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QTIP trusts are wise estate tool; but cancel in case of divorce

by on
in Small Business Tax

If you've never heard of a qualified terminable interest property (QTIP) trust, you should have.

QTIP trusts are key estate-planning tools for many people. Reason: They pull the assets and future appreciation out of your taxable estate. They help you provide for your spouse. And they can ensure that the trust's assets eventually go to the heirs you choose, including children from a previous marriage.

But what if you're remarrying and want to hedge your bets in case the marriage doesn't work out? A new IRS private letter ruling shows how to combine a lifetime QTIP trust with a prenuptial agreement to safeguard your assets in case your marriage ends up in a divorce. (IRS LR 200413011) In essence, you retain some control until a certain time period has elapsed, say 20 years.

Case study: Bob and Mary

In the IRS ruling, Bob married Mary, created a trust and transferred his own property to it. Under the trust terms, Bob retained the power to distribute the trust's income, but not to himself or his creditors. After 20 years, this power will lapse.

As long as Bob is alive, and after his death, the trustee is to pay all of the trust's net income to Mary, who also can receive the trust principal for her health, support and education.

Under its terms, the trust will terminate if Bob and Mary both agree, and the trust principal will be distributed to her.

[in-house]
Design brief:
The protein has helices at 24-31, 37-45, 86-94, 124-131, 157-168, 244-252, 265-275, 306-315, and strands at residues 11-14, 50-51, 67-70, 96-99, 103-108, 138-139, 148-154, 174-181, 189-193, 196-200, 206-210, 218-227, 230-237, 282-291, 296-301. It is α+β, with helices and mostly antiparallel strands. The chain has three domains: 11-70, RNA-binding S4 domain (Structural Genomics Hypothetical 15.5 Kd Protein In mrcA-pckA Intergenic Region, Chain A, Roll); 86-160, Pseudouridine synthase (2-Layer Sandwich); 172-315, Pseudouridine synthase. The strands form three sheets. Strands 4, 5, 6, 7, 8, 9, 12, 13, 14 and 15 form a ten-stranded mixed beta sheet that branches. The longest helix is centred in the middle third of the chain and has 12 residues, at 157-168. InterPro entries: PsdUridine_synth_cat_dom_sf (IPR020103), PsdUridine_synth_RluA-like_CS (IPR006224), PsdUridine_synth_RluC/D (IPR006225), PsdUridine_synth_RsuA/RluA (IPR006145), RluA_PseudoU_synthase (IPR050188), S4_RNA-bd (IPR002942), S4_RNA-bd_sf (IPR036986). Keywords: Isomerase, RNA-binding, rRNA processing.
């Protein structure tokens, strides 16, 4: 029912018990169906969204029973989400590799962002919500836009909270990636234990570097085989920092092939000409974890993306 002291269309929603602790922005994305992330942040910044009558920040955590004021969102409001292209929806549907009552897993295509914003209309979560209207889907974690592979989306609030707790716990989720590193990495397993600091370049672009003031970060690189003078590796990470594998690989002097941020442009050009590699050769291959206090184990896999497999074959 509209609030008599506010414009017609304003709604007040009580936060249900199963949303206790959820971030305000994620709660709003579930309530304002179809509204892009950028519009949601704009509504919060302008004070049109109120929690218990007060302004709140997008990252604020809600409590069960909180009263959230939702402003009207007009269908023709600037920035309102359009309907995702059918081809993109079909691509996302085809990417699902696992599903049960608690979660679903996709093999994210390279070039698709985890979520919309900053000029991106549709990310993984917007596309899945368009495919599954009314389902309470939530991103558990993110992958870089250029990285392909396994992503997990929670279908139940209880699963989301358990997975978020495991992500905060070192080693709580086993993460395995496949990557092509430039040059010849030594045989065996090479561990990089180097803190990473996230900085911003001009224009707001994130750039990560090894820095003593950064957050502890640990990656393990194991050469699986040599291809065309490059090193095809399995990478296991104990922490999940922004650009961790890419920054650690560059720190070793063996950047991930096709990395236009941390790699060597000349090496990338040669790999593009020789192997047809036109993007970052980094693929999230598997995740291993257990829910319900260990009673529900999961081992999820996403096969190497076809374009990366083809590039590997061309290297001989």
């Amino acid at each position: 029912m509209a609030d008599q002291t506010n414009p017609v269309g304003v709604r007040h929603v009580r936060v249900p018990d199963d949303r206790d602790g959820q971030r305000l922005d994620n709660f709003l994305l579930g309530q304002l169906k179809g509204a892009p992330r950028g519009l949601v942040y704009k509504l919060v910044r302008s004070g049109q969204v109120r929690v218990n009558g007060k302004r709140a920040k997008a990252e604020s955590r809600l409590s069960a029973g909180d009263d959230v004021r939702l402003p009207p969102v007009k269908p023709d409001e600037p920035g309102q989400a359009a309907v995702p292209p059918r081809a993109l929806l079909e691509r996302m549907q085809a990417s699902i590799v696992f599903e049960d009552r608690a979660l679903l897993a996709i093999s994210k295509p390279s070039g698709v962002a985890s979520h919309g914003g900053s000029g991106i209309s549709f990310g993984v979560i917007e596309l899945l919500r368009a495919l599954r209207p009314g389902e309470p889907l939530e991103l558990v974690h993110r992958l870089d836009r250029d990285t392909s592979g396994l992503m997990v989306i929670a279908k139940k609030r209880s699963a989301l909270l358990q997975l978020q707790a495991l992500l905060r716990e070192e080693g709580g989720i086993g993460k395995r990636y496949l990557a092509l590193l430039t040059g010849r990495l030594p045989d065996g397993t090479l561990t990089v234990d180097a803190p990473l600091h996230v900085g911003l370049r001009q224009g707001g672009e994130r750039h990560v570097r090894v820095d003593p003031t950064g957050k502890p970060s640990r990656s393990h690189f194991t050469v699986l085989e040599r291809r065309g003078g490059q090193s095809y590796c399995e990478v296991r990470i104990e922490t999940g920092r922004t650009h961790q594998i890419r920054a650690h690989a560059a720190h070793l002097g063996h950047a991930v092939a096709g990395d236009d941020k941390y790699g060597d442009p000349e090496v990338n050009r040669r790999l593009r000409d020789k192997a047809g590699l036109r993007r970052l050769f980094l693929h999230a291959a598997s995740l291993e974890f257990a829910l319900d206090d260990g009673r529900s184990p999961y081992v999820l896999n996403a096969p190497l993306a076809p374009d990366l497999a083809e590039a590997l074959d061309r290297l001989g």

Also, Bob and Mary entered into a prenuptial agreement that provides for the division of their property in case of divorce. That agreement says that the property transferred to the trust will retain the same form it had before the transfer: as Bob's property or as "marital" property. So the property Bob transfers to the trust will be divided according to the prenup, in case of a divorce. Again, the prenup will lapse after 20 years, or if Bob formally annuls it.

In this ruling, the IRS said that each time Mary receives a payment from the trust, these payments will be untaxed gifts, thanks to the unlimited gift-tax marital deduction. If and when Bob's power to distribute trust principal and income lapses, Bob can make a lifetime QTIP trust election. After the QTIP election, no gift tax will be due and the trust assets will be out of Bob's estate.

Bottom line: What does all this accomplish? In case of a divorce, Bob's assets will be divided according to the prenuptial agreement. If the marriage lasts more than 20 years (or if Bob decides sooner that he's in a blissful marriage), the trust can be converted into a lifetime QTIP, with the assets out of Bob's estate.

Similarly, if Bob dies before divorce or the 20-year mark, the executor of his estate can make a QTIP election, removing the assets from Bob's taxable estate.

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